Understanding Compulsive Shopping
There has also been a pattern of compulsive shoppers receiving presents instead of attention as a child. As an adult, this causes the addict to continue to feed his or her need for material praise, rather than seeking comfort from other people (Benson). In addition to being emotionally deprived as children, compulsive shoppers may also have experienced some denial of financial security. Many compulsive shoppers were raised with an emphasis on materialistic values. Compulsive shoppers, in their adult lives, have a psychologically motivated need to repair mood and identity issues through material goods (Benson).
There are eight different types of behaviors associated with compulsive shopping. A compulsive shopper may fall under just one of these categories or can meet the criterion for multiple.
Collectors purchase different sizes or colors of the same item. There is often little to no rhyme or reason for these purchases, except that they feel the need to own the same t-shirt in every different color and size.
Bulimic Shoppers will buy and then return items. This is only a compulsive disorder when the cycle constantly repeats itself. Most compulsive shoppers who are bulimic shoppers will return the item due to feelings of guilt. These feelings will then morph into feelings of accomplishment, which will be rewarded by another purchase.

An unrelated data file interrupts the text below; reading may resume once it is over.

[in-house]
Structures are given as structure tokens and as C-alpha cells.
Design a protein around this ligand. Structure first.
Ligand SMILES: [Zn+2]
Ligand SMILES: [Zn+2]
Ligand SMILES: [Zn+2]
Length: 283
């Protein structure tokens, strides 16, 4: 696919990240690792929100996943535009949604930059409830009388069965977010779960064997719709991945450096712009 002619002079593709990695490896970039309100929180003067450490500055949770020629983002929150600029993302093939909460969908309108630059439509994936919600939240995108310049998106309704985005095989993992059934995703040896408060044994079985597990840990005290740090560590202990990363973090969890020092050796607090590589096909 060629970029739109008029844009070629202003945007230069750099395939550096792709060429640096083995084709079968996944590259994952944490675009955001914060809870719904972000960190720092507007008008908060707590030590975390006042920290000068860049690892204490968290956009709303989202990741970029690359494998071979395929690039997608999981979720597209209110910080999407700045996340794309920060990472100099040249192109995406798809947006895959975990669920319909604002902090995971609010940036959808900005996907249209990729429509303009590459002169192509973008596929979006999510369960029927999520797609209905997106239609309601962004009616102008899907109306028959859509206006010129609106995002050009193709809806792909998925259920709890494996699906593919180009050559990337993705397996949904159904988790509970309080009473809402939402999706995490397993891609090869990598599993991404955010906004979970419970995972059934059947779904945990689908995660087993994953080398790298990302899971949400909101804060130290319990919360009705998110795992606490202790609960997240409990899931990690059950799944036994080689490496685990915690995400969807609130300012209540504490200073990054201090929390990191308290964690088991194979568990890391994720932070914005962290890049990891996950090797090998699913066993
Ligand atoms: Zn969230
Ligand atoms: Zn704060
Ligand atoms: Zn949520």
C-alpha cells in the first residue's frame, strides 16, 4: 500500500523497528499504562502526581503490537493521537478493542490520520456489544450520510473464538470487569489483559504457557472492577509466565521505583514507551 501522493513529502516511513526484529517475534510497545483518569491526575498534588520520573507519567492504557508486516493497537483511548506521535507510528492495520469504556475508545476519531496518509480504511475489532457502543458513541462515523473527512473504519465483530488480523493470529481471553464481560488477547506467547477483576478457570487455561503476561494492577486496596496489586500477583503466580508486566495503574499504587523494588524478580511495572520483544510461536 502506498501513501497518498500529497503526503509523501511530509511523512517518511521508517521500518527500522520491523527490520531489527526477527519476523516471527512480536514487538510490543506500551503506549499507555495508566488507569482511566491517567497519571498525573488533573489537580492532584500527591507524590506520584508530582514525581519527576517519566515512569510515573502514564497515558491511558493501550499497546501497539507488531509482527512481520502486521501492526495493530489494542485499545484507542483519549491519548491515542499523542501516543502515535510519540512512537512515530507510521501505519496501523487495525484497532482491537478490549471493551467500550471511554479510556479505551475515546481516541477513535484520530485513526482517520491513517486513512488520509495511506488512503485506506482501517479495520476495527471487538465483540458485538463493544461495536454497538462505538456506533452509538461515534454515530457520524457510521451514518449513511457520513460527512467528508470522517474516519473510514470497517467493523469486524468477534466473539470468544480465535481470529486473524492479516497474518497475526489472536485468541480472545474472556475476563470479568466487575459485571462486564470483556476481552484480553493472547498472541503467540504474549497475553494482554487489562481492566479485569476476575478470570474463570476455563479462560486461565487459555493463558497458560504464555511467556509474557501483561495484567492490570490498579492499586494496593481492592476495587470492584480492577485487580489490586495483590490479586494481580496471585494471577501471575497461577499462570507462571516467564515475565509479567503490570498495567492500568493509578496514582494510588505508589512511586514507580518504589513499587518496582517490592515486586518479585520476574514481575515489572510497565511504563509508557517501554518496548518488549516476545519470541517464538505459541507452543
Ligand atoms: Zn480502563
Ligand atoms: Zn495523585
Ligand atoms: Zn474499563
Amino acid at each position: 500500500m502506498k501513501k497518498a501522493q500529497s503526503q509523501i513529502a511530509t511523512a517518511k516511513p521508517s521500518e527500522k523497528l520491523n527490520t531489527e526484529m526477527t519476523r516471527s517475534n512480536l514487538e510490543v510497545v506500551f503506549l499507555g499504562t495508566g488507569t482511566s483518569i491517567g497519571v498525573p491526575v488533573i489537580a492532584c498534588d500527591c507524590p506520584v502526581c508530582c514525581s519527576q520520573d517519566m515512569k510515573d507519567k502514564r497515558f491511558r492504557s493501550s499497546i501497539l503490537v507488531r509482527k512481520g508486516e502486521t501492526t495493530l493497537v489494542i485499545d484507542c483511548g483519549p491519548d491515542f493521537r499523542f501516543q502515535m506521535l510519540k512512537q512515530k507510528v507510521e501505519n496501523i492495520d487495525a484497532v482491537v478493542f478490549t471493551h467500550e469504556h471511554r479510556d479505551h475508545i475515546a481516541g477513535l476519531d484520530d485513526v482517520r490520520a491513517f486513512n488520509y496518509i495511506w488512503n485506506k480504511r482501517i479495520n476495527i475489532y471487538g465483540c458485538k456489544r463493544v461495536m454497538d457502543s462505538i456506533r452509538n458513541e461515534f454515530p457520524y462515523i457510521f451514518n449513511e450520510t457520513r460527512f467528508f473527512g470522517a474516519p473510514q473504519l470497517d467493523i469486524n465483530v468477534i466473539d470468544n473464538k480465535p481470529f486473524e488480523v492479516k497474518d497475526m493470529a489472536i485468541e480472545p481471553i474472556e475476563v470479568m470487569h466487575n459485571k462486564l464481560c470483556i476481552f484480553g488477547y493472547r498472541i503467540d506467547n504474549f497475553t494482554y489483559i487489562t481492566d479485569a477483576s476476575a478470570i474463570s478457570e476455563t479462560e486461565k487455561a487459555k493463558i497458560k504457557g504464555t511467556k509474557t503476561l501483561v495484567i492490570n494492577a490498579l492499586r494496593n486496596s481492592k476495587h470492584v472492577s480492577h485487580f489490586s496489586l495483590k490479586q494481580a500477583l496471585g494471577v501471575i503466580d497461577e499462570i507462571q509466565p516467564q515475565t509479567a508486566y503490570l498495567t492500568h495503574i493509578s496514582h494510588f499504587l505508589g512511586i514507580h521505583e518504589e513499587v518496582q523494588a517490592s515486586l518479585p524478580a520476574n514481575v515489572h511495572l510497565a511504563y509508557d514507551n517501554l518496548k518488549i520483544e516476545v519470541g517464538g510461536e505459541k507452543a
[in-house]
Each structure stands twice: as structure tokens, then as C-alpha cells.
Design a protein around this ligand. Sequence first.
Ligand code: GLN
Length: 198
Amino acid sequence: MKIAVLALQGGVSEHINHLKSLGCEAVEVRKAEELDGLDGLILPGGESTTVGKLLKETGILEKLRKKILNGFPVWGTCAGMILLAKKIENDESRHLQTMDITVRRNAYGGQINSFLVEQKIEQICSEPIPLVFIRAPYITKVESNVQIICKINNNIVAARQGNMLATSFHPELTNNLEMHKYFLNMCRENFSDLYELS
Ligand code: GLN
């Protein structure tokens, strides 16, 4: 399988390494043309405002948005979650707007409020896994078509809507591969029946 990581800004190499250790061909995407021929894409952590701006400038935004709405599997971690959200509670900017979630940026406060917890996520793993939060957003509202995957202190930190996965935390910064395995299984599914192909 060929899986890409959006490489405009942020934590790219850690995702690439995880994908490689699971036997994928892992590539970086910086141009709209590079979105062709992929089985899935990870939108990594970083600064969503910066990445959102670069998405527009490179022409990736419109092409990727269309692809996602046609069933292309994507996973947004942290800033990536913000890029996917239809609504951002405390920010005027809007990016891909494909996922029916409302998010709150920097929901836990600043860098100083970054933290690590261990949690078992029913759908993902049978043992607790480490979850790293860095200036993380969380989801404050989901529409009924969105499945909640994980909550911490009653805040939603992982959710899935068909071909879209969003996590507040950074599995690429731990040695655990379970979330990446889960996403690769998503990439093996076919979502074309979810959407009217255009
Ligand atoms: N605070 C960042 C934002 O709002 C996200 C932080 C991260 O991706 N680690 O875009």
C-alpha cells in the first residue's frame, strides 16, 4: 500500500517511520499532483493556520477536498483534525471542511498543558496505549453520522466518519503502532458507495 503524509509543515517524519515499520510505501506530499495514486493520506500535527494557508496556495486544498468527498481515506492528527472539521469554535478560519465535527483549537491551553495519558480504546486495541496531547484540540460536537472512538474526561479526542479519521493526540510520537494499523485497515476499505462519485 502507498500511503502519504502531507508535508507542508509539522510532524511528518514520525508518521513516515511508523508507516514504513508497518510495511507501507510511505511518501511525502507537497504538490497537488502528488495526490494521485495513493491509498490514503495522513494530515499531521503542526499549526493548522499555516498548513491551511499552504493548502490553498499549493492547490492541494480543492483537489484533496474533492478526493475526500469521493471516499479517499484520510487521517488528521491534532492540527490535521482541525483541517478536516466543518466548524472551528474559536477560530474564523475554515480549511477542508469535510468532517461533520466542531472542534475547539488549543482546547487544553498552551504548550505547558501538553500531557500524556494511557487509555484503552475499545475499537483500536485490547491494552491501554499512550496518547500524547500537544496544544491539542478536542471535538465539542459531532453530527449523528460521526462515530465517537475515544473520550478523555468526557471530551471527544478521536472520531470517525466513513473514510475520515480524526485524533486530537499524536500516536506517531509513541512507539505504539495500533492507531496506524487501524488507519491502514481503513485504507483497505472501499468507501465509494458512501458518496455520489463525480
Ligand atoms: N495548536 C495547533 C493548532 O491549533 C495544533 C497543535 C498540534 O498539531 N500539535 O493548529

Codependent Shoppers buy items in hopes of finding love and approval. These shoppers obsessively buy gifts for family or friends, attempting to find some sort of support for their habits.
Hoarding is the excessive purchasing of possessions, even if the items are worthless, hazardous, or bizarre. Hoarding often interferes with the daily functions of life, (i.e. cooking, cleaning, showering, etc.)
Compulsive shoplifters rarely purchase items. They frequently steal unnecessary items in order to feel an adrenaline rush.
Trophy Shoppers shop solely to find the perfect item. They generally only buy high class items.
Image Shoppers buy things in order to impress people. They only shop in front of people they know and purchase highly visible, often flashy items.
Bargain Shoppers buy things they don’t need only because they are on sale.
Like any other addiction, compulsive shopping can be a life-long addiction that is never truly cured. The only promising treatment for compulsive shopping is psychotherapy. During this therapy, the addict is encouraged to not only recognize that they are a compulsive shopper, but to dig deeper to find the cause of their behavior. They must work to find the things, or triggers, that make them want to shop. They must asses and understand their behavior, and they must be willing to work in order to develop healthy spending behaviors. Recovering compulsive shoppers are encouraged to find alternative pastimes instead of shopping. Getting rid of credit cards is also recommended. There has also been research about treating compulsive shoppers with antidepressants, since depression is a common underlying cause of compulsive buying.
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